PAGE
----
One of the first stops we made at ISTE 2017 in San Antonio was Wonder Workshop. After checking them out online they were quickly on our 9 year old edtech reporter’s list of must see companies on day one. She wanted to meet Dot and Dash and see if they were all they were cracked up to be. And they are.
When Vikas Gupta, Saurabh Gupta and Mika Greaves came up with the idea for their company in 2012 they wanted to created a way to teach kids how to code in “kid speak”. To do this, they needed robots. They started with the robot pictured below, a kit robot that looks like it was put together in their garage. The robot could be programmed by adding different blocks to it. They went back to the drawing board.
“We wanted our product to have a low floor but a high ceiling. We knew that concepts are more concrete to kids when they are expressed in a tangible, real-world way” the company says.
The trio spent lots of times in kids homes learning what kids wanted in a robot. The original design looked too much like a car and girls didn’t like that. So the team went back to the drawing board, eventually shedding the wheels, and adding the eye. They were in business. They took what we know today as Dash and Dot to crowdfunding, selling $1.4M dollars worth of robots. Now they had the hardware, the teaching part, came next.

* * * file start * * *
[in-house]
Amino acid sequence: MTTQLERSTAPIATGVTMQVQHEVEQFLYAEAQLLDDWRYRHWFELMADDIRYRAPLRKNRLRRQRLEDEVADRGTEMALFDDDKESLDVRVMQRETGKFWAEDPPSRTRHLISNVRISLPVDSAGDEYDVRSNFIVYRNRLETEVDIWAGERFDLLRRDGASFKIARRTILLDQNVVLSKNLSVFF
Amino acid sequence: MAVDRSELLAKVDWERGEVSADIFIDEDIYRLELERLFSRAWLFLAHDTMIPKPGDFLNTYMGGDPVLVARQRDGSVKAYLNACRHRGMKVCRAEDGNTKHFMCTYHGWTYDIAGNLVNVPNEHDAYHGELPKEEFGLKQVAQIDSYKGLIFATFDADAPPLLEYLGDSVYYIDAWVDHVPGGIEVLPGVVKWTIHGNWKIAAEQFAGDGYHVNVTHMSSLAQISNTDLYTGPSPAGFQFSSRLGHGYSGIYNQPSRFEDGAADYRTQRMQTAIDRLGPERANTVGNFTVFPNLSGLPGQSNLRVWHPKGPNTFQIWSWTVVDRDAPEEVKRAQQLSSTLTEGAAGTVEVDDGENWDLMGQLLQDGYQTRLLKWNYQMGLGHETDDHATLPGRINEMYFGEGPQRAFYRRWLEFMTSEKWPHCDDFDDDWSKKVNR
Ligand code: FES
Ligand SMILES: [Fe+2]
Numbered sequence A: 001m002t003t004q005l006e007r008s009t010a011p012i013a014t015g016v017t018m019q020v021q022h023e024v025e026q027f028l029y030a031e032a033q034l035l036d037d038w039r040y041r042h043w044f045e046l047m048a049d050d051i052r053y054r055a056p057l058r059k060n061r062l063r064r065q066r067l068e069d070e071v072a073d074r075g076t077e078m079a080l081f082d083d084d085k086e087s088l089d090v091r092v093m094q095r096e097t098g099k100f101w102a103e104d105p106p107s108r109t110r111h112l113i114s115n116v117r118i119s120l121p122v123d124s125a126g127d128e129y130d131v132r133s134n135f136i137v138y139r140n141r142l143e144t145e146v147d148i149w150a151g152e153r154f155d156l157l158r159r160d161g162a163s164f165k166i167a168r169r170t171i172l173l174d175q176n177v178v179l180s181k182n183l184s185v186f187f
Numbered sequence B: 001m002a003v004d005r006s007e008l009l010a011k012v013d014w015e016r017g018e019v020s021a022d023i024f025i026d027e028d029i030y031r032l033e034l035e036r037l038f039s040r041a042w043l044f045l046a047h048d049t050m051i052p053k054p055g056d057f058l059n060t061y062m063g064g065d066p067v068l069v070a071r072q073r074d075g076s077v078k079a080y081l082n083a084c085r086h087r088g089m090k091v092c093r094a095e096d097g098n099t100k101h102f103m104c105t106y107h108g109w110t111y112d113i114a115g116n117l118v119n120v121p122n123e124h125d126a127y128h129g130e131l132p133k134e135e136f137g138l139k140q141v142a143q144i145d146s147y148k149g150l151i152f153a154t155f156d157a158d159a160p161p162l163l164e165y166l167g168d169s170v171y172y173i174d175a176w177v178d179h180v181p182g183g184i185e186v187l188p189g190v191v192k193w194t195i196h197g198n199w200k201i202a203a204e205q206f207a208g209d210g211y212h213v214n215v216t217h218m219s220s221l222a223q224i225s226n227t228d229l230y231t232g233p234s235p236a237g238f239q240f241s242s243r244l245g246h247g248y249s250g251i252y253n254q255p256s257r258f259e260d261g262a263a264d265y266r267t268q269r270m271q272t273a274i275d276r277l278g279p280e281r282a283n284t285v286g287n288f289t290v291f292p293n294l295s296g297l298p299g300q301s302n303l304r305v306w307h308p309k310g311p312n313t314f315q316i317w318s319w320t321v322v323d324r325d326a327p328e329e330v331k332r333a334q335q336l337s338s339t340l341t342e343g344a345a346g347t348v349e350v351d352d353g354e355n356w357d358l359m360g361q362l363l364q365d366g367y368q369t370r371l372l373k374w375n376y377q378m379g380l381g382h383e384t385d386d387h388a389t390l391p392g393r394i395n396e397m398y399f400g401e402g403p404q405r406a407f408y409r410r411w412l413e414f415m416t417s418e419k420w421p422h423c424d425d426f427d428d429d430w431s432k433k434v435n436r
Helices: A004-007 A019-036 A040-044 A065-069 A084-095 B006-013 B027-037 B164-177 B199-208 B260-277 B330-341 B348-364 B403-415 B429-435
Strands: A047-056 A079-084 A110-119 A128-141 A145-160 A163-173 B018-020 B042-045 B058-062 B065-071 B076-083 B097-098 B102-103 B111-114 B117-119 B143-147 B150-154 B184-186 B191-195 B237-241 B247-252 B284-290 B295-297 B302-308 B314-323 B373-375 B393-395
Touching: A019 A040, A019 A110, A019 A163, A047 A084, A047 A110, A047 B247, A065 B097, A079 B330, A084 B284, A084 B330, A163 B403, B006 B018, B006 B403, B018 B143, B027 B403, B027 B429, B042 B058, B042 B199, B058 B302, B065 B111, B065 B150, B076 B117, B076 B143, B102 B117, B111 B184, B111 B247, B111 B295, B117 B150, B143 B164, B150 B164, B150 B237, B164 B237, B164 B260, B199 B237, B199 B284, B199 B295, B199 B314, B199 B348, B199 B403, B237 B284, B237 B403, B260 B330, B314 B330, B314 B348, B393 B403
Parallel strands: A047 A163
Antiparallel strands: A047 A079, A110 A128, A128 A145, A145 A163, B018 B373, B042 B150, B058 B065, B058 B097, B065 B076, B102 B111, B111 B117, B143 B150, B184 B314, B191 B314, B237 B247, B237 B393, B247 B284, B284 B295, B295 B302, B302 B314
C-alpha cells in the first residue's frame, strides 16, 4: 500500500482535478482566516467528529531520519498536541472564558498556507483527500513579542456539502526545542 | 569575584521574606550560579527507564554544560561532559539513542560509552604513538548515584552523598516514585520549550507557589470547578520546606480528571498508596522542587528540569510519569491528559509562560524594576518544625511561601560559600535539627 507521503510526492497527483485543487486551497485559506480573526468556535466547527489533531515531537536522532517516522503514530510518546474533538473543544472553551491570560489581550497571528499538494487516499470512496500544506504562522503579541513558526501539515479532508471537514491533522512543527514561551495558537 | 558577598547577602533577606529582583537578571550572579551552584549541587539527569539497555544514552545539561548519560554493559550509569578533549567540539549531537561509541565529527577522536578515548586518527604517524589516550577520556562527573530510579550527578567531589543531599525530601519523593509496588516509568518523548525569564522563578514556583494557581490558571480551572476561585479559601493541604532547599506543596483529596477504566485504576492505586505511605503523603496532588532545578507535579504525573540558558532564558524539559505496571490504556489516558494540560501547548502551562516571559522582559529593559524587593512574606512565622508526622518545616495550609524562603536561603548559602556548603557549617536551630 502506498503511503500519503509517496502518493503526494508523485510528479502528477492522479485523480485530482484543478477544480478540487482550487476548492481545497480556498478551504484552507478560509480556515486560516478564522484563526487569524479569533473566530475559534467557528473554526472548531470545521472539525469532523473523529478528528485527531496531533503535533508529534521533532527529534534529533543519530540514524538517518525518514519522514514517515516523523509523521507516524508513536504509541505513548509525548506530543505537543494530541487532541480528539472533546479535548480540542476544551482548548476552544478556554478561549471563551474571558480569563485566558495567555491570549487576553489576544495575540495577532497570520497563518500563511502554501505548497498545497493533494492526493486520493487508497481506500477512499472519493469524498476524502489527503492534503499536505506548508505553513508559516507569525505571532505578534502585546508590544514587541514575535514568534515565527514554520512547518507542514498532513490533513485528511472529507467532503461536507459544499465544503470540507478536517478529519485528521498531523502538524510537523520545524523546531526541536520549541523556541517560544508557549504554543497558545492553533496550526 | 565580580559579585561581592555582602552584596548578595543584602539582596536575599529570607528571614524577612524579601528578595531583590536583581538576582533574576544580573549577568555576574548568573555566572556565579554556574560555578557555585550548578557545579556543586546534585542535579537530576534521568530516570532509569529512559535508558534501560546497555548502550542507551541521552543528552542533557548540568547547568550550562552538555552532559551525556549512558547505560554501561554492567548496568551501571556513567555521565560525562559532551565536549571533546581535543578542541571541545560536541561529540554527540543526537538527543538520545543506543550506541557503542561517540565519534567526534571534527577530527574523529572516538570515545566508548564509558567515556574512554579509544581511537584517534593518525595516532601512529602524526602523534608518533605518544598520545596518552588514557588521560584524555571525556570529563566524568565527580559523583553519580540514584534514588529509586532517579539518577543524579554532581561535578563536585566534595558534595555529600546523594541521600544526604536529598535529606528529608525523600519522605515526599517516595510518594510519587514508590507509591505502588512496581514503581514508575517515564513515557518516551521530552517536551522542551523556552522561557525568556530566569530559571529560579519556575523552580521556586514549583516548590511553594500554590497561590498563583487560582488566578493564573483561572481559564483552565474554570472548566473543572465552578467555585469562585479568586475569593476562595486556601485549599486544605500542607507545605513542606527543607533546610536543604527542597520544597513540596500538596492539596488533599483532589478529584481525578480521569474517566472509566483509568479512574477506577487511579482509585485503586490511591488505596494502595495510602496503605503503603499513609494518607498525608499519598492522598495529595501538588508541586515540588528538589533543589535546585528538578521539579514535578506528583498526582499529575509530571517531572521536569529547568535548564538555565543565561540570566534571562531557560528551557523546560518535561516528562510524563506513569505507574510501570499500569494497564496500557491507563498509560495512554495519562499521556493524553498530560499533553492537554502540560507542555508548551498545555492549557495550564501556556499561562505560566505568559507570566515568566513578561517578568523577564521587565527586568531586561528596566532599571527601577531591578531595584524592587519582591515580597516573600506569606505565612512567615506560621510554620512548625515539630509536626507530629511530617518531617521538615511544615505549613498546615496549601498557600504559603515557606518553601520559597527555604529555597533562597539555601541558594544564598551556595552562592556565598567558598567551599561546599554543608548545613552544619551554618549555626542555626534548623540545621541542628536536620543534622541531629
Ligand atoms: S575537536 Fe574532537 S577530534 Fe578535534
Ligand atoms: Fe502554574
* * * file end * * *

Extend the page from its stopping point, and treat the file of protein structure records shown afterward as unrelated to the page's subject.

The edtech startup first started they went by the name Play-i, now everyone knows them as Wonder Workshop. They’ve taken Dot and Dash, and created free apps for smartphones, and tablets. The app allows kids to program Dot and Dash to do all kinds of things. At ISTE 2017 we saw them play the Xylophone and Wonder Workshop was running a basketball tournament at their booth to get in a drawing for free robots.
Teachers and schools can order Dot & Dash directly from Wonder Workshop as can parents. But they’re also available at Best Buy, Barnes and Noble and on amazon.com Check out Wonder Workshop’s website at makewonder.com